‘Shadowbanning’, ‘visibility filtering’, ‘de-amplification’ – the Twitter Files released since Elon Musk took over have given us a new and sinister language of digital censorship. I am no fan of Musk’s capricious self-promotion. His vanity appals me and his vindictive attacks on former Twitter employees are gross. However, I credit him with telling us more about the inner workings of social media in two weeks than we learned in the last two decades.
As in a palace coup, there is often a moment of transparency before the next dictator takes over. Of course, the Twitter Files have to be taken with a high degree of scepticism. They are partisan to the extent that Elon Musk sees himself as a crusader against what he calls the ‘woke mind virus’. However, I am puzzled that mainstream journalists have shown so little interest in what the files have revealed about the internal culture of a hugely influential medium.
Even those commentators most critical of Musk, and the files, have been forced to concede there is clear evidence Twitter ‘enforced its terms of service in inconsistent and politically biased ways’. That is one way of putting it. The other is that this was arbitrary censorship by people who have lost the capacity to understand different points of view from their own.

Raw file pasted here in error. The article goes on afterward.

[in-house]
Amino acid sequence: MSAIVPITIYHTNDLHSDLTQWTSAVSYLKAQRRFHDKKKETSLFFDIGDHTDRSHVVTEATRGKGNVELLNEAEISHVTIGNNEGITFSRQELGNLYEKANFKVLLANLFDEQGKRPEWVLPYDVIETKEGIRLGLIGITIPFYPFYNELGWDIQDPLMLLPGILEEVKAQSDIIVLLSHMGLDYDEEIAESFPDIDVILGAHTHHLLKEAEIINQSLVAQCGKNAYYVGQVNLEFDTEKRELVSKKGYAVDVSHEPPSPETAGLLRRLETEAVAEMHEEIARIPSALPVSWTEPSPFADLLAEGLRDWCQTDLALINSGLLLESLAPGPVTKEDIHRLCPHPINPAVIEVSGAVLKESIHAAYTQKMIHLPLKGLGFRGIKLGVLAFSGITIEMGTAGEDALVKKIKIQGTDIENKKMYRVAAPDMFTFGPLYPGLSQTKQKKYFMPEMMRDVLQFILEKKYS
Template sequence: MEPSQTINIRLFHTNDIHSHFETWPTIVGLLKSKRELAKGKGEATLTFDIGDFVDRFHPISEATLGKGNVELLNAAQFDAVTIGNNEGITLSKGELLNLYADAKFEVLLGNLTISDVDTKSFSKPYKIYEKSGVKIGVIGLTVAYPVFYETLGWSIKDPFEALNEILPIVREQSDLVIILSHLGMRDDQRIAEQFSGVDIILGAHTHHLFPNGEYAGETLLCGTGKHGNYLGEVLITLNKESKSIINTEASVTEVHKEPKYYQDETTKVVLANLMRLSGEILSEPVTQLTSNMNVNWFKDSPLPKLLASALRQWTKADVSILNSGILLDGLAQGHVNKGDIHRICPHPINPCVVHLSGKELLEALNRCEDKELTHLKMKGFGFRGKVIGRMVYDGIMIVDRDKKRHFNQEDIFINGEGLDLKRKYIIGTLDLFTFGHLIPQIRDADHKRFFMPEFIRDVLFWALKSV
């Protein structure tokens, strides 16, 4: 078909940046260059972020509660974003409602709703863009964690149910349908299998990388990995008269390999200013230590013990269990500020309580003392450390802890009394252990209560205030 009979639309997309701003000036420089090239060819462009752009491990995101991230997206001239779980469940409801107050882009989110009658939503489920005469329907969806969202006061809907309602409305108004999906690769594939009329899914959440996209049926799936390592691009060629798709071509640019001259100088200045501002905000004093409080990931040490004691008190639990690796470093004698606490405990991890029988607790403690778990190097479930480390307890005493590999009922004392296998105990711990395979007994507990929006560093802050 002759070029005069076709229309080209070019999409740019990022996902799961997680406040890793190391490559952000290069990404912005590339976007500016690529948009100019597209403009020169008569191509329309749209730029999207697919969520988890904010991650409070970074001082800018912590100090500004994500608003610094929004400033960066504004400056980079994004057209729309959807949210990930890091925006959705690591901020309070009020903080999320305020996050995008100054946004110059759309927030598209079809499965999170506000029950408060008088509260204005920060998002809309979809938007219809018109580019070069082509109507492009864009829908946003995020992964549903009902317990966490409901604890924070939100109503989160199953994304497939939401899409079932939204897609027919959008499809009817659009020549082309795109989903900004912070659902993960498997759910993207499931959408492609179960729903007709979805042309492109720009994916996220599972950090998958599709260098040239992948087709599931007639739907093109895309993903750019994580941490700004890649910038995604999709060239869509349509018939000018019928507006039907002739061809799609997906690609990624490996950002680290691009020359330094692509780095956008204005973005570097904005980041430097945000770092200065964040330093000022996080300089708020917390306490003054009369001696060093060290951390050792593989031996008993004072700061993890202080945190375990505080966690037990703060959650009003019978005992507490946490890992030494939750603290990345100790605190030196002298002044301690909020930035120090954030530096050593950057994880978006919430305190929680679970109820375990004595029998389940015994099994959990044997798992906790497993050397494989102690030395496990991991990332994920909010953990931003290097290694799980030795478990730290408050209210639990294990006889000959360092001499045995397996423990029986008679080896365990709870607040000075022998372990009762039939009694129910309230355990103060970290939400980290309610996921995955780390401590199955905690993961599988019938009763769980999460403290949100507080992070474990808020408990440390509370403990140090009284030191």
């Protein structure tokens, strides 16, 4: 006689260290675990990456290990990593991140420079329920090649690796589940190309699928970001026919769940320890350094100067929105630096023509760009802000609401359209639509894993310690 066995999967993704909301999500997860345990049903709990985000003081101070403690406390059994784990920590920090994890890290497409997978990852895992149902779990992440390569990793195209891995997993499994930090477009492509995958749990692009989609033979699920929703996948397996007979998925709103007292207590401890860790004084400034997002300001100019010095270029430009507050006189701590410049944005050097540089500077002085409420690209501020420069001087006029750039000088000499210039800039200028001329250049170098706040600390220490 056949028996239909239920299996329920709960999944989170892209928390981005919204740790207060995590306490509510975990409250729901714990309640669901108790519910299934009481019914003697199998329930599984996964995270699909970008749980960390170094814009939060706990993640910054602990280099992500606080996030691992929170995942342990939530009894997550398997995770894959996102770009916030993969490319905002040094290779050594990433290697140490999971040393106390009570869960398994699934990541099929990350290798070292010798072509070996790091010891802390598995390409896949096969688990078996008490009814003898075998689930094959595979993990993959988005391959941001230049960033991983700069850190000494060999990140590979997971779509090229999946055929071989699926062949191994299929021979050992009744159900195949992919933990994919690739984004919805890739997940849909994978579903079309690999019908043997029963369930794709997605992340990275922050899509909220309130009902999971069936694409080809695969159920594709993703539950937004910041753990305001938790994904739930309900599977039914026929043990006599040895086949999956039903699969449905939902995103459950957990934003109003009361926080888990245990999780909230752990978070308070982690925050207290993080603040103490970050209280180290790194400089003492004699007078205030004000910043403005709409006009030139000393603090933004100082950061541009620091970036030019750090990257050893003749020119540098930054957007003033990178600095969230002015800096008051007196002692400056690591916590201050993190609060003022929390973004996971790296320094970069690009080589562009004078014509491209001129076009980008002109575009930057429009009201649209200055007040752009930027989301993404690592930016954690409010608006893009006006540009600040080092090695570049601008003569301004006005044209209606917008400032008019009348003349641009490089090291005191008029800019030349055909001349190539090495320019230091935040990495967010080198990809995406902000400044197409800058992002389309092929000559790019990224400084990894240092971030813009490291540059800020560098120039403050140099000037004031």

Various devices were used to prevent wrong-think gaining traction on Twitter. Some accounts were placed on a ‘trends blacklist’ so that their tweets would not be seen even when they were securing thousands of engagements. Other individuals were shadowbanned, with their tweets blocked from appearing on followers’ feeds or in search. There was a whole armoury of what Twitter executives call ‘visibility filtering’ devices to suppress unacceptable opinions. This is William Gibson territory, or perhaps Black Mirror.
Twitter executives from Jack Dorsey down have long denied that shadowbanning existed and said all they did was remove Tweets that were illegal, threatening or racially abusive.